China-Has-Gone-Cashless,-Is-The-U.S.-Next | Michael Luchen NYCThe brave new world is a cashless one.

According to the Wall Street Journal, mobile payments have swelled to an astounding $9 trillion a year in China, publicizing the purchasing and borrowing behaviors of EACH Chinese residents, including the panhandlers. Among the many capabilities of QR code ( quick-response code) via a smartphone, the Chinese population can utilize seamless and cashless transactions when purchasing vegetables from their local grocer. The gentry suspended their reliance on physical banknotes or coins in favor of operations employing digital information.

“Recommend using WeChat Pay,” was printed on the sign belonging to homeless man, just outside of grocery store, suggesting that handouts had now gone digital, and charitable giving is encouraged via mobile-phone services, such as we chat. The placard and the solicitor readily illustrate the shift: payment over digital spaces, by everyone.

Alibaba Group Holding Ltd. and Tencent Holdings Ltd. have emboldened the trend in China, driving financial innovation that has matured in the realm of media, travel,  automobiles, and retail but also has to invest, fulfill personal debts, and cover services.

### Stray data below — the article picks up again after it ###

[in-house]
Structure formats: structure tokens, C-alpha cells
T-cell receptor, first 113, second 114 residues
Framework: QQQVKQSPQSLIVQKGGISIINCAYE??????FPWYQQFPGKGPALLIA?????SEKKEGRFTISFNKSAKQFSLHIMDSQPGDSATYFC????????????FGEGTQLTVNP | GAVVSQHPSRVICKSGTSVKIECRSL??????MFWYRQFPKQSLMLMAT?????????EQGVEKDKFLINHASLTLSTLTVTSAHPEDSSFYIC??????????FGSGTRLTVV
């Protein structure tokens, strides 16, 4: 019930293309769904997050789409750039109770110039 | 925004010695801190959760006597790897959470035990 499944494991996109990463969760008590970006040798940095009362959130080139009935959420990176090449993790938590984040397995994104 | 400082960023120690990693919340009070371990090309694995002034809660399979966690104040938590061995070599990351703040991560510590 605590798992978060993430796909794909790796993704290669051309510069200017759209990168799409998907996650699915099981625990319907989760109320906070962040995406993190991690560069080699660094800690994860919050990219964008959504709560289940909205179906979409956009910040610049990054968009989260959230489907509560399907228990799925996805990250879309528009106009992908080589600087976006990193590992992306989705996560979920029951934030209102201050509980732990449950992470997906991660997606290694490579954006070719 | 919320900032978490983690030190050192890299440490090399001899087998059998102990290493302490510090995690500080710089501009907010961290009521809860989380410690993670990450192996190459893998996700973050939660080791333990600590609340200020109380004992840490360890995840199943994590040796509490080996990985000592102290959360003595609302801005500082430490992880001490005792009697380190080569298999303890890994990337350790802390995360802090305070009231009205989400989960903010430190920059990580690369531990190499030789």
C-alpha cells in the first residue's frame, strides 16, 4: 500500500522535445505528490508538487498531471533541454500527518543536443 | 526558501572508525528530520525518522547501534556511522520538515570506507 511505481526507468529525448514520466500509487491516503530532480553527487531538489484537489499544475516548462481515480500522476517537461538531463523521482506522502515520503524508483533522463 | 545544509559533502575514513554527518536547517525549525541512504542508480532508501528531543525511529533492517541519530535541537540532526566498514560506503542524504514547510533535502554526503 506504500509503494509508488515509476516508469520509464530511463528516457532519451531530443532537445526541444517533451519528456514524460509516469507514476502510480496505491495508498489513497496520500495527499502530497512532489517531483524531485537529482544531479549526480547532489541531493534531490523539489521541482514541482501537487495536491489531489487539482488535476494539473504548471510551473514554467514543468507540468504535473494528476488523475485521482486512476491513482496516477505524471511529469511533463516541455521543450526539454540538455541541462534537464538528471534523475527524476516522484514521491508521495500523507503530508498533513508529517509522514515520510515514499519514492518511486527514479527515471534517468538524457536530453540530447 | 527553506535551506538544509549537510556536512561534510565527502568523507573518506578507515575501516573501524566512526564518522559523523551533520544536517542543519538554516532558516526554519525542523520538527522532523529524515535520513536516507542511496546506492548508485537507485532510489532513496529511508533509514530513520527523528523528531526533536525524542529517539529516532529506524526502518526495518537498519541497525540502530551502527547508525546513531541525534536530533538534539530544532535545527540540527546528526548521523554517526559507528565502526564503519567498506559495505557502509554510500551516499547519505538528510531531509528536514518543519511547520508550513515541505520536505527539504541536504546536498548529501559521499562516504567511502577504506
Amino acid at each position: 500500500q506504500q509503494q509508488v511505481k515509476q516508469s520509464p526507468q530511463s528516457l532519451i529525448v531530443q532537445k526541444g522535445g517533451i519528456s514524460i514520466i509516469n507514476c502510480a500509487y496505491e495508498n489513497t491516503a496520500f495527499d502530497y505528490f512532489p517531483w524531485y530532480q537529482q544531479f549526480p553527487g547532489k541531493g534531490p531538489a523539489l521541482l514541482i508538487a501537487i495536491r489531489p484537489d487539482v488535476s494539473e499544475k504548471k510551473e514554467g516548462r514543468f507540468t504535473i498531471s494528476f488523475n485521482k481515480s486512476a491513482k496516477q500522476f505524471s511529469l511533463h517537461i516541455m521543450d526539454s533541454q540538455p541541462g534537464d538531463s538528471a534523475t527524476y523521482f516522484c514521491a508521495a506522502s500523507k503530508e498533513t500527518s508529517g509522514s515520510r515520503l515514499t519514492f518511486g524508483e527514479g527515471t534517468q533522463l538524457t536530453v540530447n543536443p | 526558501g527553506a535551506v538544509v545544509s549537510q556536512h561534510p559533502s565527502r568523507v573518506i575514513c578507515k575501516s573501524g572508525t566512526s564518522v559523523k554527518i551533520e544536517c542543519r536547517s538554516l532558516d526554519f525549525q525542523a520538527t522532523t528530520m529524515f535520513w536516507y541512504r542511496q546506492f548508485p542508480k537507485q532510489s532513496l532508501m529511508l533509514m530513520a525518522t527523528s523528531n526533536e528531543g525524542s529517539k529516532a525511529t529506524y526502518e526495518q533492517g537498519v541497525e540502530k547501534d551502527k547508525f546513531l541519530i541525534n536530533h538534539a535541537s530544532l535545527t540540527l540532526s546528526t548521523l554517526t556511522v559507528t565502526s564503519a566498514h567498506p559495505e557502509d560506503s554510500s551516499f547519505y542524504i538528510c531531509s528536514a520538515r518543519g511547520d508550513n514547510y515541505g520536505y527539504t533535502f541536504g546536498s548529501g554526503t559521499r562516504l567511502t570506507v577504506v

Alibaba, which hosts online shopping bazaars, where consumer goods are sold, and old-fashioned cash has no place, assembled more than a decade ago after observing the success of  PayPal Holdings Inc. Alipay began as an escrow service, holding payment until buyers received their goods, but in 2013, it evolved into the largest mobile-platform, bypassing Paypal. That very same year, the WeChat instant-messaging app linked to a mobile-payment system. Tencent enabled WeChat users to send virtual red envelopes of ‘cash’ to friends during the 2014 Lunar New Year, where 16 million red packets were sent, which cemented WeChat Pay as a viable player within the world of digital payment. Today, approximately 40 percent of China’s mobile-payment market use WeChat, linking their bank account to the app, while 54 percent use Alipay.

Read the second part of “China Has Gone Cashless, Is The U.S. Next?